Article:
Much like Hook (1991), Alice in Wonderland sends an aged protagonist back to a fantasy land in an amnesiac state to resolve an unfinished conflict from his and her first visit, respectively. Hook by all critics’ accounts was an abomination of a classic fairytale (22% on rottentomatoes.com), but damn it I liked it. There was tension between a middle class, overworked family man and his neglected children, who Robin Williams (the perennial man-child) must reconcile with through a reversion to childlike innocence that he lost in the damnable workaday world.
Alice in Wonderland offers us nothing close to this level of complexity, other than the tomboyish Alice living a century in the future in her ideals, which all live action Disney protagonists seem to do as a repentance for the widespread misogyny of the corporation’s animated features. The line “I don’t believe in corsets” reminds me all too much of Keira Knightly’s line in Pirates of the Caribbean (2003):
With a defiant look on her face
Try wearing a corset!
In short, there is no pretext for a revisit to Wonderland, much like there was no pretext for other Tim Burton remakes (Charlie and the Chocolate Factory (2005) and Sweeney Todd: The Demon Barber of Fleet Street (2007)). Mr. Burton has shown his penchant for remaking pop culture mythology (see his fabulous Batman and Batman Returns) but he perhaps relies too much on his writers to deliver him a script worth following, and there is no question about his over-reliance on CGI in this film. There was once a day, that is embedded in our collective nostalgia, where real actors were called upon to gesticulate, emote, and suffer ludicrous makeup and wardrobes in order to present an otherworldly image of fantastic brilliance which captivated our attention for two hours. In a sentence, the death of such an era in this film may be summed up as follows: “one of the best performances was Helena Bonham Carter’s voice.”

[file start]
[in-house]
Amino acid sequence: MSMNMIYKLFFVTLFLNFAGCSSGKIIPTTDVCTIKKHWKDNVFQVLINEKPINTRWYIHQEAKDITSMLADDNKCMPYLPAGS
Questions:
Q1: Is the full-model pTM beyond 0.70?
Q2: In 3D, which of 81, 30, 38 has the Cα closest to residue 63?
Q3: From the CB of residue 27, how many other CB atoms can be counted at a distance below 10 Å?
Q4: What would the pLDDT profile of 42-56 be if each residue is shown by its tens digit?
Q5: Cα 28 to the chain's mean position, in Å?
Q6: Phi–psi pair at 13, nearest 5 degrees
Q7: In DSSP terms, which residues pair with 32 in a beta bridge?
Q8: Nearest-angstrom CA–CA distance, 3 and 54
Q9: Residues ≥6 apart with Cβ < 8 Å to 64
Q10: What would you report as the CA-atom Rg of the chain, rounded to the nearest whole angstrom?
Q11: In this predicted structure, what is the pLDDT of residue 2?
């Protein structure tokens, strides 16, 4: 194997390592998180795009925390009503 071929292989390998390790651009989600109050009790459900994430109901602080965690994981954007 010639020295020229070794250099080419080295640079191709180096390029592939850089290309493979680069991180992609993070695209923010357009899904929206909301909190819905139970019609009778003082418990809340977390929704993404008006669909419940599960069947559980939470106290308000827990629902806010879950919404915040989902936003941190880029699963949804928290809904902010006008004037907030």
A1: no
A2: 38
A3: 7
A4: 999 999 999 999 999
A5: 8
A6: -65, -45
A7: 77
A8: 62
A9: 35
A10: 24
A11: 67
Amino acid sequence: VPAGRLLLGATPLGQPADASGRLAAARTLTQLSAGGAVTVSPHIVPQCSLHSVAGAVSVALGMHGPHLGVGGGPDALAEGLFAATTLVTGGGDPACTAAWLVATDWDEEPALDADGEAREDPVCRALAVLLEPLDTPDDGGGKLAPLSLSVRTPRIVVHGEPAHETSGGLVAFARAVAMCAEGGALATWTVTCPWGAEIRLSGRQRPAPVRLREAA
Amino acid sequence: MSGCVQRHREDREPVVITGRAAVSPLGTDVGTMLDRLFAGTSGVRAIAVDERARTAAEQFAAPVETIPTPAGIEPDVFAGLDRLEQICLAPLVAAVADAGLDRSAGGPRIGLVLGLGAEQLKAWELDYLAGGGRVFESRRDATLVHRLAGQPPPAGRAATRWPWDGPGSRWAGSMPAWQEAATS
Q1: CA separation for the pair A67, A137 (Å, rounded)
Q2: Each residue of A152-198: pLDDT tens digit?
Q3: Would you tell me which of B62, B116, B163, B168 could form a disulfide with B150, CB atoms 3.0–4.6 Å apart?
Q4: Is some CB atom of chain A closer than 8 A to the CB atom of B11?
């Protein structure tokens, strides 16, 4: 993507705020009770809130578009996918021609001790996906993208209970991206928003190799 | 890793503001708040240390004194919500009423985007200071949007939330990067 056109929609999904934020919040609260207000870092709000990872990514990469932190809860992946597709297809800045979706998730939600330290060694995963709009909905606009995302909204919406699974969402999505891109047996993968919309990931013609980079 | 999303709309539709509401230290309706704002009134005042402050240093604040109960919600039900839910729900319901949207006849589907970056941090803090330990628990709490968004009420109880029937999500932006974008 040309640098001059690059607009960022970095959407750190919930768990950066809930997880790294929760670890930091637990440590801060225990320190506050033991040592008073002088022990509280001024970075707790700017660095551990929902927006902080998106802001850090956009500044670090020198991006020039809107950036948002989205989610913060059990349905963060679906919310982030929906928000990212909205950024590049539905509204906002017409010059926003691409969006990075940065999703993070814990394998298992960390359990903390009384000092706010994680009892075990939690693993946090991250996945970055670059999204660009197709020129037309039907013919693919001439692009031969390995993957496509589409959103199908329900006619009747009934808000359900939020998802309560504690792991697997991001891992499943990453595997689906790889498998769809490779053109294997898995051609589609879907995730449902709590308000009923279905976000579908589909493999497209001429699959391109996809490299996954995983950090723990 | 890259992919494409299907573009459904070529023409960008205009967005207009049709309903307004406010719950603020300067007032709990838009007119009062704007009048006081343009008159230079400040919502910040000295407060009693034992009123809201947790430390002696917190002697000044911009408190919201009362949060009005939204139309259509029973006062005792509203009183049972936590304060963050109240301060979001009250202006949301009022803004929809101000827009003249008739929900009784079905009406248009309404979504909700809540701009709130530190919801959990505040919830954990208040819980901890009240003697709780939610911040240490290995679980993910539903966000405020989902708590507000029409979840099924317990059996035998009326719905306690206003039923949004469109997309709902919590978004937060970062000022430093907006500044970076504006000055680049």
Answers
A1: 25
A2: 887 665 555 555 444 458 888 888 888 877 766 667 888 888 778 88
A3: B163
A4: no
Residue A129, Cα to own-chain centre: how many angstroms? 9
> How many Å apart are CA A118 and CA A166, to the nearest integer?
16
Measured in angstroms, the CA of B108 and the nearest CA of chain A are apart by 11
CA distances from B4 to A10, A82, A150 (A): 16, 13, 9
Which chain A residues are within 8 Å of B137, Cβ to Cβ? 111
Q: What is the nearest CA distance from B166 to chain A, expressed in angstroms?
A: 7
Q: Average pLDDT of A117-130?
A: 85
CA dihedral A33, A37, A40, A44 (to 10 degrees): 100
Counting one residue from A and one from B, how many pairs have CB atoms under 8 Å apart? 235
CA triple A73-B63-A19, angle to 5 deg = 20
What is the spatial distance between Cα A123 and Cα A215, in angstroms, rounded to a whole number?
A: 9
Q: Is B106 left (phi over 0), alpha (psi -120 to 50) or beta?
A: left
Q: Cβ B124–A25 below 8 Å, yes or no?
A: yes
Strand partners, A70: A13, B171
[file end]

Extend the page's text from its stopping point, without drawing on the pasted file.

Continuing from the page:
Motion capture when combined with CGI may prove a valuable tool for filmmakers (see my review of Avatar), but it is far from perfected. In general, acting performances were lukewarm with no real convincing or endearing charcters, John Depp’s Mad Hatter least of all. No amount of sashaying or, regrettably, break dancing, can make the screenwriting any better than it is.
I won’t go so far as to point out the historical inaccuracies in gender politics (you can ask me in person if you care), but it seems like no thought at all was put into the framing device for Alice’s journey. At best, giving the writer (Linda Woolverton) the benefit of the doubt as she wrote for classics such as Beauty and the Beast (1991) and The Lion King (1994), there may have been an editor who chopped this segment of the movie to hell; however, the writing is unforgiving and the lines are delivered in the modern style of “sponge in mouth” a.k.a. “mouthful of cookies” so that half the movie is unintelligible. A disappointment to be sure:
3/10: Redbox/Netflix only, and only during summer